Since then, gold prices have skyrocketed 3,250%, the U.S. dollar has lost 83% of its buying power, and the national debt is 50,000 times bigger, having soared from $400 million to nearly $20 trillion.

gold standard

No wonder people are nostalgic for the gold standard. There’s a high level of GOP interest in it, including from those in Trump’s circle of influence…

Widespread Support for the Gold Standard in Trumpdom

One of those “influencers” is Dr. Judy Shelton, a senior fellow and co-director of the Atlas Sound Money Project and a member of Trump’s economic advisory team. She has a long history of advising Republican candidates. She’s worked with New York Congressman Jack Kemp (who ran for president in 1988 and was Sen. Bob Dole’s running mate in 1996), Florida Sen. Marco Rubio, and Texas Sen. Ted Cruz.

“Some people may think of that as a throwback, but I see it as a sophisticated, forward-looking approach because gold is neutral and it’s universal,” Shelton told Fortune in an August 2016 interview. “It’s a well-accepted monetary surrogate that transcends borders and time.”

Late last month, Trump met with John Allison, IV, a president of the Cato Institute as well as a former CEO of BB&T Corp. (NYSE: BBT). Allison was under consideration for the cabinet post of Secretary of the Treasury, which ultimately went to former Goldman Sachs Group Inc. (NYSE: GS) partner Steve Mnuchin.

A libertarian thinker, Allison favors abolishing the U.S. Federal Reserve in addition to returning to the gold standard.

“We need a private, free-banking system based on a market standard such as gold,” Allison wrote in a 2014 paper for the Cato Journal.  “If the United States had continued with the classical gold standard instead of having instituted a government money monopoly in 1913, we would have learned through experimentation, as all markets do, and would have a radically better financial system and higher economic growth today.”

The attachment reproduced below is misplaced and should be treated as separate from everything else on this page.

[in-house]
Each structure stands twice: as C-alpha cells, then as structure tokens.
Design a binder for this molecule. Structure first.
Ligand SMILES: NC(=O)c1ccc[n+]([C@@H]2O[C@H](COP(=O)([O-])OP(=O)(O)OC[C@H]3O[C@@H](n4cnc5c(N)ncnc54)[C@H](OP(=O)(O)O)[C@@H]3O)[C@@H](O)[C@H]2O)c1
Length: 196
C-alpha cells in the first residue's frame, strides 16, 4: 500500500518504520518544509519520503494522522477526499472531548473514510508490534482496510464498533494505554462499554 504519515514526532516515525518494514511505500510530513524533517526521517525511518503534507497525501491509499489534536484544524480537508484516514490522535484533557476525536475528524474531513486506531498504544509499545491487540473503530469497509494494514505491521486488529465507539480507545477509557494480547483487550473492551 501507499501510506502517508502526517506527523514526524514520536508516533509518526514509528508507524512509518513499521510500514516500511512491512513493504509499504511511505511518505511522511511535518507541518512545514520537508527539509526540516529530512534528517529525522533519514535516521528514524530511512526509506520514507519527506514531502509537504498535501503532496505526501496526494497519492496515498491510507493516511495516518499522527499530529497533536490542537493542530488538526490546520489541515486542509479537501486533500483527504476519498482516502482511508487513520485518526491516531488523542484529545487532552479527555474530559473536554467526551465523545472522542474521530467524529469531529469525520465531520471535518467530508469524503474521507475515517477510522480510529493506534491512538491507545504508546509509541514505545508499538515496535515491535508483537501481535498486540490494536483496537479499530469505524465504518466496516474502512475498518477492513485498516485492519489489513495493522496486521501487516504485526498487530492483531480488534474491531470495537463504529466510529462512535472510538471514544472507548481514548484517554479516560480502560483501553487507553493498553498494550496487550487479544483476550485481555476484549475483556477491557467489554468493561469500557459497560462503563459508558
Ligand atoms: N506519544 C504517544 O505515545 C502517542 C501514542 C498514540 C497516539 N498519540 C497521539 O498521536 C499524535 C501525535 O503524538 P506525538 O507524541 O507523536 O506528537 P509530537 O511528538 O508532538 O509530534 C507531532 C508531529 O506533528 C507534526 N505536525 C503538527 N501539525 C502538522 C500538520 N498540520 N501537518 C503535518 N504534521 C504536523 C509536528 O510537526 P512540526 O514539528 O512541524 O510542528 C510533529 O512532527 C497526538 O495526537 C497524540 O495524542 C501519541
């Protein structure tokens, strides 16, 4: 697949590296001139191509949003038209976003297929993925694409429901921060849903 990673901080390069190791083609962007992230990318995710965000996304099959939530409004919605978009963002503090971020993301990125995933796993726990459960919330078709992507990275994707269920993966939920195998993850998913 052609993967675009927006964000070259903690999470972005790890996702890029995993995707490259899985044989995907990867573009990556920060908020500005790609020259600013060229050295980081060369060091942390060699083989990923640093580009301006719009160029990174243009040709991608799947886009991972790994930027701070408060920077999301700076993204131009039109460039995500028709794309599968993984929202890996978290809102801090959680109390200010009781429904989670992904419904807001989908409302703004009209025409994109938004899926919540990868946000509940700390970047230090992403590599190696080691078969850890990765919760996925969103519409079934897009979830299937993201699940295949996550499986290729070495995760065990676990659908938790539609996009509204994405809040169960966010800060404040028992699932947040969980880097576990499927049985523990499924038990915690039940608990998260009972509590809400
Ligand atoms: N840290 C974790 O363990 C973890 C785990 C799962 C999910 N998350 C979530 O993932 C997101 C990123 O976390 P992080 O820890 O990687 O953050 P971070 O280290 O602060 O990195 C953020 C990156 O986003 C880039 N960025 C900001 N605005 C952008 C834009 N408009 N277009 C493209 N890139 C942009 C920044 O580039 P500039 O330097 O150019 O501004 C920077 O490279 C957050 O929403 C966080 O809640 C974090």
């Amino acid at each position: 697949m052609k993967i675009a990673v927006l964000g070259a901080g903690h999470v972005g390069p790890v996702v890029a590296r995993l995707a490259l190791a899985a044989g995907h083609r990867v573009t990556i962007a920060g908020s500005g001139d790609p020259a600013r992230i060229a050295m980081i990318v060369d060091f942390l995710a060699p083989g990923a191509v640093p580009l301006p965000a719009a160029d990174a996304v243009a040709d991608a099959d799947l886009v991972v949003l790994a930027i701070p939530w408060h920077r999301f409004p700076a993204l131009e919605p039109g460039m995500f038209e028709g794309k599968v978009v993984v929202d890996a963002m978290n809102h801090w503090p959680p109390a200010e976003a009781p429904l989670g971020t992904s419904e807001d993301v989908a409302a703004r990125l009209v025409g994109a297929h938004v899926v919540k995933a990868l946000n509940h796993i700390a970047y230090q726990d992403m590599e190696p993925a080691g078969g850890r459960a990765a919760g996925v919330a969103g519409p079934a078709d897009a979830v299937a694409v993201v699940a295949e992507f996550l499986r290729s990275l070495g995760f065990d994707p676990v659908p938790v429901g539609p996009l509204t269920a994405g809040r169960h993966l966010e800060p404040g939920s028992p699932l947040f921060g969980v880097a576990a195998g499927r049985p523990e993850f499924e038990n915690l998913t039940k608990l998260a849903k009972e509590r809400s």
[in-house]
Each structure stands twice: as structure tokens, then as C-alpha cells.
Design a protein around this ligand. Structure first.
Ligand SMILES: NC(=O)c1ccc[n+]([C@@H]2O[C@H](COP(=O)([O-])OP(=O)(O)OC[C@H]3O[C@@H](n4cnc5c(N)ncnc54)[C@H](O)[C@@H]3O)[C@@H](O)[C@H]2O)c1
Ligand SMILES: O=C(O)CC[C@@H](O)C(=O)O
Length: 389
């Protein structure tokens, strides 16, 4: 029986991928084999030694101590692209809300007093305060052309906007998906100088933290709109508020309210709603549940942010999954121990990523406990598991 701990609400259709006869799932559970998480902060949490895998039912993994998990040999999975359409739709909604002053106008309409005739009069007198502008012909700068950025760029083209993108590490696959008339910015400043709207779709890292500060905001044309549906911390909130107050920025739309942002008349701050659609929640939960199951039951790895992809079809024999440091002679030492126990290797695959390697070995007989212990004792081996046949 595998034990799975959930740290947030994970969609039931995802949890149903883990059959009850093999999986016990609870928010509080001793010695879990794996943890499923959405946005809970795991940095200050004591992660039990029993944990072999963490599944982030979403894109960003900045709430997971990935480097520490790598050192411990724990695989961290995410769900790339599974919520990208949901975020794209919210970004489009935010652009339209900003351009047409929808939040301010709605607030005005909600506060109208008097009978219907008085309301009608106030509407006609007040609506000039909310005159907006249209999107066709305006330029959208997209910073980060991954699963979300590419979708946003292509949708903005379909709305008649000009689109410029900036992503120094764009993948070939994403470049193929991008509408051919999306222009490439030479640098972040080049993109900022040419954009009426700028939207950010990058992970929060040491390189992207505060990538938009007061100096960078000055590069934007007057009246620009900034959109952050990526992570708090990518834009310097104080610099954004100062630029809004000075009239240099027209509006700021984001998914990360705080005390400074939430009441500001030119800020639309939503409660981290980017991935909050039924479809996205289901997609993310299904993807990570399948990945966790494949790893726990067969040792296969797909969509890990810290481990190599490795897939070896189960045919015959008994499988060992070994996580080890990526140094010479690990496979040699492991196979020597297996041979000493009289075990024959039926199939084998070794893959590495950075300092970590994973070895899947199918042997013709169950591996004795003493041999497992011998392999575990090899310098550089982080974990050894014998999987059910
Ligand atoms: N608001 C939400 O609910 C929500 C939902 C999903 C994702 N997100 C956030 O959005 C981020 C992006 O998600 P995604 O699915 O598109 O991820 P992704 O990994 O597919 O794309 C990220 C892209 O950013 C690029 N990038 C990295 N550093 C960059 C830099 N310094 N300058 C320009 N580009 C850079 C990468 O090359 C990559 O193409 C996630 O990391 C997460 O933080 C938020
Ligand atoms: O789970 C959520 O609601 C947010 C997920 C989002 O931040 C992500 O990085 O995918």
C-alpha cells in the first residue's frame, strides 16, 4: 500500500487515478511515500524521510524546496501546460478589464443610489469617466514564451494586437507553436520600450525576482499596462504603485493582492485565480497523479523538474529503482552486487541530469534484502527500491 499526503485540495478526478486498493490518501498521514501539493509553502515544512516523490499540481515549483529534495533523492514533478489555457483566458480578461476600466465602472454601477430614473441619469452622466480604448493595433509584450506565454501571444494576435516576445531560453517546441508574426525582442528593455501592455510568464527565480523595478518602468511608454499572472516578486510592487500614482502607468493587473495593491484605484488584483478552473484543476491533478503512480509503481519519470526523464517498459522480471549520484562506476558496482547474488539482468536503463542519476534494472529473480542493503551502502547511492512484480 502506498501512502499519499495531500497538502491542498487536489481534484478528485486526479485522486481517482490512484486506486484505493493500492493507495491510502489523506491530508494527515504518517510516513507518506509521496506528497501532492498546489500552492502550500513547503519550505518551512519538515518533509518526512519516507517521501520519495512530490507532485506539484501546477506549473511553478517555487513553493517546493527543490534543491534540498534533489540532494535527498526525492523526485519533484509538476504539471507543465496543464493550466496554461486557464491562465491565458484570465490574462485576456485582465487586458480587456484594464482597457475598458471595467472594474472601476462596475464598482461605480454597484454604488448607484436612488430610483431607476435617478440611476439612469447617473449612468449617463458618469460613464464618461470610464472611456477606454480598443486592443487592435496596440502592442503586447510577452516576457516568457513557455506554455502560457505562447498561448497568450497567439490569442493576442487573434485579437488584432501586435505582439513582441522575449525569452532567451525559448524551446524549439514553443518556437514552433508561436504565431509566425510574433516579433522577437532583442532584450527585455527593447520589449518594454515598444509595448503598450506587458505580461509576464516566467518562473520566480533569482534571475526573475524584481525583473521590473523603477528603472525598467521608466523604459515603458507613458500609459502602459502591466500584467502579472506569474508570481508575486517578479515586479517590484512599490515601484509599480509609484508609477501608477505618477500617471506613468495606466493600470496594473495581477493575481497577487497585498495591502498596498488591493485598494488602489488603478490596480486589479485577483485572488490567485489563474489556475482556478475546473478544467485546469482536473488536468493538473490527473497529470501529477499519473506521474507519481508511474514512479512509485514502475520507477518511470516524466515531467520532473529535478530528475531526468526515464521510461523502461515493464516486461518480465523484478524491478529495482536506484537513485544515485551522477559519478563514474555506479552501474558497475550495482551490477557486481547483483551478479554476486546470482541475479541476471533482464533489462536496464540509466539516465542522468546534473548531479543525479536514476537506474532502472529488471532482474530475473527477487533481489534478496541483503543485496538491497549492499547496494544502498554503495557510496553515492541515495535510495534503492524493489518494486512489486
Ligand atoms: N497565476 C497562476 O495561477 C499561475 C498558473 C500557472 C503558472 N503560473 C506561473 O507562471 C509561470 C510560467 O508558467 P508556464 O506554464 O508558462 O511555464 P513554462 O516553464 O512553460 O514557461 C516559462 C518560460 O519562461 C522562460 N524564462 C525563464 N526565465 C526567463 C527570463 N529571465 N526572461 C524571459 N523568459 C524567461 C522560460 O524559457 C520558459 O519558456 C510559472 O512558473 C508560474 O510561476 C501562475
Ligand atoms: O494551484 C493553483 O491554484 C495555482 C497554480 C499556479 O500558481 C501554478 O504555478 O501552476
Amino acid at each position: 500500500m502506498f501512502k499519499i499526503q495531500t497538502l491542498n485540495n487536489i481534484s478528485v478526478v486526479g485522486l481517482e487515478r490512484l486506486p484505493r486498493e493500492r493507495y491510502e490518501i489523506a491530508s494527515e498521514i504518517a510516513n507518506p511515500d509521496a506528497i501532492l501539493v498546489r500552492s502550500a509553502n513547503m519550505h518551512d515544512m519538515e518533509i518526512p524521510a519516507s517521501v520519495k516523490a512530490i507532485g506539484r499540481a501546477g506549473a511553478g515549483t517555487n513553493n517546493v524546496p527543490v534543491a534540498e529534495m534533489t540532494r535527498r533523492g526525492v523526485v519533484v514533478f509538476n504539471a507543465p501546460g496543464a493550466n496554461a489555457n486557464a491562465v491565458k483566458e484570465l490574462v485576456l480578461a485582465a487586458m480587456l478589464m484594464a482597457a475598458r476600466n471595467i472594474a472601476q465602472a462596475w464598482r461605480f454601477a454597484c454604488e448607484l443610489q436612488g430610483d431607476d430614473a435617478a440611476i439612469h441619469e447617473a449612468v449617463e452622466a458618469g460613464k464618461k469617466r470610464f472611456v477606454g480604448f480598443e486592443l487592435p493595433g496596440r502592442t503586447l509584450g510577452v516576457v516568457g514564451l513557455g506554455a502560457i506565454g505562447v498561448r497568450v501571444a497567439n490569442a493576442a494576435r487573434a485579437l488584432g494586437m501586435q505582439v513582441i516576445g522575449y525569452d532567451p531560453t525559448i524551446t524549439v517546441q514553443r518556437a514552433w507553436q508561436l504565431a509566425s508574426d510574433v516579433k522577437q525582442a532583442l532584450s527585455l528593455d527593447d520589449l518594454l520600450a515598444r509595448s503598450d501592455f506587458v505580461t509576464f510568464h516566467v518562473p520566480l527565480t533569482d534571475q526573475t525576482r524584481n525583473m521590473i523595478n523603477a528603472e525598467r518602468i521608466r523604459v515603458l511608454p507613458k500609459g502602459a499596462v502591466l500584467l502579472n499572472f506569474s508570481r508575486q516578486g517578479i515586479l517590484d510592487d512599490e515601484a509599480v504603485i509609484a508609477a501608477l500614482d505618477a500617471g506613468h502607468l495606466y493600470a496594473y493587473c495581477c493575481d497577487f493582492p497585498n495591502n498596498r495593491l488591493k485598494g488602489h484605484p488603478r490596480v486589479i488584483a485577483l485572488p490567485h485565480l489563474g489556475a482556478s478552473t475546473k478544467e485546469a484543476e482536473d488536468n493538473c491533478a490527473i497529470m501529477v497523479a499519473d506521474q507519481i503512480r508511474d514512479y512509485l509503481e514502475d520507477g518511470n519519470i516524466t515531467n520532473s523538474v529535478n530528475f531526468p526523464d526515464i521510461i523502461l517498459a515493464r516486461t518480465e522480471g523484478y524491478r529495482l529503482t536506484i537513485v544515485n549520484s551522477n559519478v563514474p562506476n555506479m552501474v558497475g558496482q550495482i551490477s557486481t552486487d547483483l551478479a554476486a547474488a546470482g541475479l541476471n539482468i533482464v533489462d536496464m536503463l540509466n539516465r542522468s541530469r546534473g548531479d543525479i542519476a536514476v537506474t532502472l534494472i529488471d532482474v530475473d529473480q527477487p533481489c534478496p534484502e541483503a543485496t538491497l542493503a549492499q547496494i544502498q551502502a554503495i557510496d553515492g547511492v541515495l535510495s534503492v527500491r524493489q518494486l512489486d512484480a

Editor’s Note: An incredibly rare gold market anomaly is shaping up in the markets as we speak – one that has occurred ONLY twice in the past 20 years. And it’s about to happen again. Details here…

Support for the gold standard can even be found in the 2016 Republican Party platform, although it couches it in fuzzy language. The platform proposes a “commission to investigate possible ways to set a fixed value for the dollar” similar to one created by President Ronald Reagan in 1981 to consider a “metallic basis” for the dollar.

Of course, Trump himself has discussed the possibility of a return to the gold standard.

“Bringing back the gold standard would be very hard to do, but boy, would it be wonderful. We’d have a standard on which to base our money,” Trump said in a GQ interview last month.